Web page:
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E-cigarettes increase the risk of relapse in ex-smokers
2020.06.30
The potential of e-cigarettes to promote smoking in non-smokers should be considered when assessing the public health impacts. A recent study revealed that former smokers who used e-cigarettes were more likely to smoke cigarettes again.

A nationally representative survey in the United States followed up 2,273 ex-smokers, who did not use any tobacco products at baseline, for 4 years. The ex-smokers were categorized into long-term ex-smokers, who quit smoking more than 12 months before the survey, and recent ex-smokers, who quit smoking in 12 months before the survey. Tobacco use, including cigarette smoking and e-cigarette use, was asked in each wave of survey. The results showed that e-cigarette use was associated with subsequent smoking relapse. Long-term ex-smokers were 279% more likely while recent ex-smokers were 63% more likely to relapse after using e-cigarettes. Researchers suggested that re-exposure to nicotine through e-cigarettes might have increased nicotine cravings, thus explaining the associations.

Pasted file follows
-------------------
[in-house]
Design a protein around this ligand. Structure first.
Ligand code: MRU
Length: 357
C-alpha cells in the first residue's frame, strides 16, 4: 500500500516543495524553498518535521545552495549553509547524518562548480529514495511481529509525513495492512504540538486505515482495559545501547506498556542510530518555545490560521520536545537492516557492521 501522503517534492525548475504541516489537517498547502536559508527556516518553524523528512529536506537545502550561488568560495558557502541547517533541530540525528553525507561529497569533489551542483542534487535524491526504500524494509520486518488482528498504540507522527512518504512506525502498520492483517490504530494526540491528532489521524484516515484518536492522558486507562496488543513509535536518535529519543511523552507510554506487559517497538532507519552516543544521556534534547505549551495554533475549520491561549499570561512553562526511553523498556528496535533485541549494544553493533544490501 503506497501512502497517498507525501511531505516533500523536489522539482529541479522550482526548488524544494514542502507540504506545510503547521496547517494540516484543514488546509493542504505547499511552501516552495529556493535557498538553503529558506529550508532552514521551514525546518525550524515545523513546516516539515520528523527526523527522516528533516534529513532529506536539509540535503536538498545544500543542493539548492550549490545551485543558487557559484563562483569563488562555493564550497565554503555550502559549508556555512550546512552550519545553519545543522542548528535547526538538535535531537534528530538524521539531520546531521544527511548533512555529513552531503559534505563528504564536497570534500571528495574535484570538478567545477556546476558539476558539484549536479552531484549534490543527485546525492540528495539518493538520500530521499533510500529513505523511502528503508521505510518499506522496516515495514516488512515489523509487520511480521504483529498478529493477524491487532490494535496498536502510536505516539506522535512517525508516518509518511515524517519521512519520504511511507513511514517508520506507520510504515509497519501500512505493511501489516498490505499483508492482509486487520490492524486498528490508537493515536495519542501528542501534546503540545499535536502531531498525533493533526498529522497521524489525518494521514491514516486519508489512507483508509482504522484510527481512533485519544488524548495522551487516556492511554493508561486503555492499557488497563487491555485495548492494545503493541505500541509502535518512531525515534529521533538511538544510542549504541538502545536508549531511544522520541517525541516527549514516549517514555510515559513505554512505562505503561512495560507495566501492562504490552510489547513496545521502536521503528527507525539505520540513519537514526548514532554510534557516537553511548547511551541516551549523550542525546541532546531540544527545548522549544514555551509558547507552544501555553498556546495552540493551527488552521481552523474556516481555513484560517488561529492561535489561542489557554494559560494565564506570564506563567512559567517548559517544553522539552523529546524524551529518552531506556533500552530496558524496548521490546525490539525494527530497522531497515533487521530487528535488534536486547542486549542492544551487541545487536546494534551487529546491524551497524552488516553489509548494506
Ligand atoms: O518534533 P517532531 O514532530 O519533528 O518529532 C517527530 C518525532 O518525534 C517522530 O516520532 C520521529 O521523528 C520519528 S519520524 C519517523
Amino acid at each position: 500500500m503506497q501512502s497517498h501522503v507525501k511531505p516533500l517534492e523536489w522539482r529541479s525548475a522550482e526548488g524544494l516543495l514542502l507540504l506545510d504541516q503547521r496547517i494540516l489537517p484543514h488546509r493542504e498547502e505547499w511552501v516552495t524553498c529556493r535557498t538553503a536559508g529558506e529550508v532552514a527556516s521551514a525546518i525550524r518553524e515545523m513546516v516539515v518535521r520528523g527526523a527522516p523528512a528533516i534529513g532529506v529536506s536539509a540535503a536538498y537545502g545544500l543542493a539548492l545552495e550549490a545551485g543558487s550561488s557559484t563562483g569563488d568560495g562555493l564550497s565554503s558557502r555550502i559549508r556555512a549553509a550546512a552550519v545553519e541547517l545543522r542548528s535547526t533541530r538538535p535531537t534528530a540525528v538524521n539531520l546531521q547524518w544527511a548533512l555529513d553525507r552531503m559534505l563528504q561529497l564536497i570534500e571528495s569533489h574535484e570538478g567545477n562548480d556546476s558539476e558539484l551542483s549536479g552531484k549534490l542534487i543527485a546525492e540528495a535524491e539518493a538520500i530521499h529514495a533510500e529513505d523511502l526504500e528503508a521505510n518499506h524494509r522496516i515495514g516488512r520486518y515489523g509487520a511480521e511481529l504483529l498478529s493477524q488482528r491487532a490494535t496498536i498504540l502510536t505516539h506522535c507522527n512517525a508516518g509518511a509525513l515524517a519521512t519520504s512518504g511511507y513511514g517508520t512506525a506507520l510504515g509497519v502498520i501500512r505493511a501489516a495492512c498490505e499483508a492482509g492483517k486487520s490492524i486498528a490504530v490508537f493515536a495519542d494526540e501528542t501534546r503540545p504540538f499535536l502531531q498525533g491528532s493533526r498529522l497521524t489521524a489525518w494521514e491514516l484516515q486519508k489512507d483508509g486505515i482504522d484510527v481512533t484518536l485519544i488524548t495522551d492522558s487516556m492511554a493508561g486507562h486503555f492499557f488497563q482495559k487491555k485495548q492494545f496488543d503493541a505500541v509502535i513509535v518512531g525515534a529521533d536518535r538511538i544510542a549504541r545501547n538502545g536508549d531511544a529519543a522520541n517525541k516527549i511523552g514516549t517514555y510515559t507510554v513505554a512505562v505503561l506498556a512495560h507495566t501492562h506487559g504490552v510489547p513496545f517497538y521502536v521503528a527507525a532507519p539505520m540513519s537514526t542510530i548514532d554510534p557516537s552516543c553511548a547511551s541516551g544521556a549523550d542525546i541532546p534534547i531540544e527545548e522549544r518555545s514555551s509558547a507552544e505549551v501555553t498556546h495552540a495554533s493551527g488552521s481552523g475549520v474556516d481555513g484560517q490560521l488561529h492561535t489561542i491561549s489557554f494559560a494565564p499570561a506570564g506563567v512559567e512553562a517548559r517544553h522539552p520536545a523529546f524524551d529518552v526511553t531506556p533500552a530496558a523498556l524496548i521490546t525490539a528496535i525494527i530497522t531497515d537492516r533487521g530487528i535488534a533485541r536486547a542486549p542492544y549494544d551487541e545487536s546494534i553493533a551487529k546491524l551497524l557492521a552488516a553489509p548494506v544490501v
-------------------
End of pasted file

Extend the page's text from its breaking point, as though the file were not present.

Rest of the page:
COSH encourages smokers to quit smoking as early as possible, and to quit with recognized methods instead of e-cigarettes and other alternative smoking products. To motivate smokers to take the first step to quit and enjoy the smoke-free healthy life, COSH organizes the “Quit to Win” Smoke-free Community Campaign. The Integrated Smoking Cessation Hotline 1833183 operated by the Department of Health offers cessation information and access to different cessation services. Smokers are encouraged to seek cessation services when difficulties arise during quitting.

Source: JAMA Network Open
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